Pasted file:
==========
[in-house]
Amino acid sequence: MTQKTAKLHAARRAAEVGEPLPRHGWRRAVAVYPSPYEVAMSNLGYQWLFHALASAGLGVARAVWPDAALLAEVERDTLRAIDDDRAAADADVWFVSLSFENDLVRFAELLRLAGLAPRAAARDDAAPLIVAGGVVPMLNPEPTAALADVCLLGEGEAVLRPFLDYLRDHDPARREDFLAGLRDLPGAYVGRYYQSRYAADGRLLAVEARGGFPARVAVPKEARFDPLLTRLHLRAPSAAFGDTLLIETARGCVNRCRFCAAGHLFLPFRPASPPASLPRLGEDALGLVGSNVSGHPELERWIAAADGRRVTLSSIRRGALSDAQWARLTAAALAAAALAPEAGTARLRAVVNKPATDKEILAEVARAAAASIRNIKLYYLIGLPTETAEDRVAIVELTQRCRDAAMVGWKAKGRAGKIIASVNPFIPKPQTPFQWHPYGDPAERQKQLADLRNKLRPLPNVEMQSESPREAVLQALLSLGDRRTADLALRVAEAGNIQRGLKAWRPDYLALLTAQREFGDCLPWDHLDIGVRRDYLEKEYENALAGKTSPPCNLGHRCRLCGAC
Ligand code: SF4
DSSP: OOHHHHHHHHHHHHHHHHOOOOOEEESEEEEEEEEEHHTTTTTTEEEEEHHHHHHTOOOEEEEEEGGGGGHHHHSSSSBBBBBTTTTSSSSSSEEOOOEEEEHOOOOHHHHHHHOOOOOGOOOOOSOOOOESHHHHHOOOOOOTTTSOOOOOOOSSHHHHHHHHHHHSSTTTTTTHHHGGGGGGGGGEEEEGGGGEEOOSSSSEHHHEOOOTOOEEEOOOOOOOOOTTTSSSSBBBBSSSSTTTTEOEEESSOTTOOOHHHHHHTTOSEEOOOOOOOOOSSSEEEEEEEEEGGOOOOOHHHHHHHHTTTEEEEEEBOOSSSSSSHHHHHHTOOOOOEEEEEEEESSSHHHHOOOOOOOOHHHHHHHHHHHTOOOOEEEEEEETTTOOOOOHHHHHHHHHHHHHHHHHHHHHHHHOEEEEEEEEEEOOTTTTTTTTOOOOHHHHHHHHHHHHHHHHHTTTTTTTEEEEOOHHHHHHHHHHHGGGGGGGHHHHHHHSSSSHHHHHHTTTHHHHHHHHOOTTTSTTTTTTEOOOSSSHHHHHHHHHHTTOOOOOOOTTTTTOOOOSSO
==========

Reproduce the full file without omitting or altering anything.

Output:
[in-house]
Amino acid sequence: MTQKTAKLHAARRAAEVGEPLPRHGWRRAVAVYPSPYEVAMSNLGYQWLFHALASAGLGVARAVWPDAALLAEVERDTLRAIDDDRAAADADVWFVSLSFENDLVRFAELLRLAGLAPRAAARDDAAPLIVAGGVVPMLNPEPTAALADVCLLGEGEAVLRPFLDYLRDHDPARREDFLAGLRDLPGAYVGRYYQSRYAADGRLLAVEARGGFPARVAVPKEARFDPLLTRLHLRAPSAAFGDTLLIETARGCVNRCRFCAAGHLFLPFRPASPPASLPRLGEDALGLVGSNVSGHPELERWIAAADGRRVTLSSIRRGALSDAQWARLTAAALAAAALAPEAGTARLRAVVNKPATDKEILAEVARAAAASIRNIKLYYLIGLPTETAEDRVAIVELTQRCRDAAMVGWKAKGRAGKIIASVNPFIPKPQTPFQWHPYGDPAERQKQLADLRNKLRPLPNVEMQSESPREAVLQALLSLGDRRTADLALRVAEAGNIQRGLKAWRPDYLALLTAQREFGDCLPWDHLDIGVRRDYLEKEYENALAGKTSPPCNLGHRCRLCGAC
Ligand code: SF4
DSSP: OOHHHHHHHHHHHHHHHHOOOOOEEESEEEEEEEEEHHTTTTTTEEEEEHHHHHHTOOOEEEEEEGGGGGHHHHSSSSBBBBBTTTTSSSSSSEEOOOEEEEHOOOOHHHHHHHOOOOOGOOOOOSOOOOESHHHHHOOOOOOTTTSOOOOOOOSSHHHHHHHHHHHSSTTTTTTHHHGGGGGGGGGEEEEGGGGEEOOSSSSEHHHEOOOTOOEEEOOOOOOOOOTTTSSSSBBBBSSSSTTTTEOEEESSOTTOOOHHHHHHTTOSEEOOOOOOOOOSSSEEEEEEEEEGGOOOOOHHHHHHHHTTTEEEEEEBOOSSSSSSHHHHHHTOOOOOEEEEEEEESSSHHHHOOOOOOOOHHHHHHHHHHHTOOOOEEEEEEETTTOOOOOHHHHHHHHHHHHHHHHHHHHHHHHOEEEEEEEEEEOOTTTTTTTTOOOOHHHHHHHHHHHHHHHHHTTTTTTTEEEEOOHHHHHHHHHHHGGGGGGGHHHHHHHSSSSHHHHHHTTTHHHHHHHHOOTTTSTTTTTTEOOOSSSHHHHHHHHHHTTOOOOOOOTTTTTOOOOSSO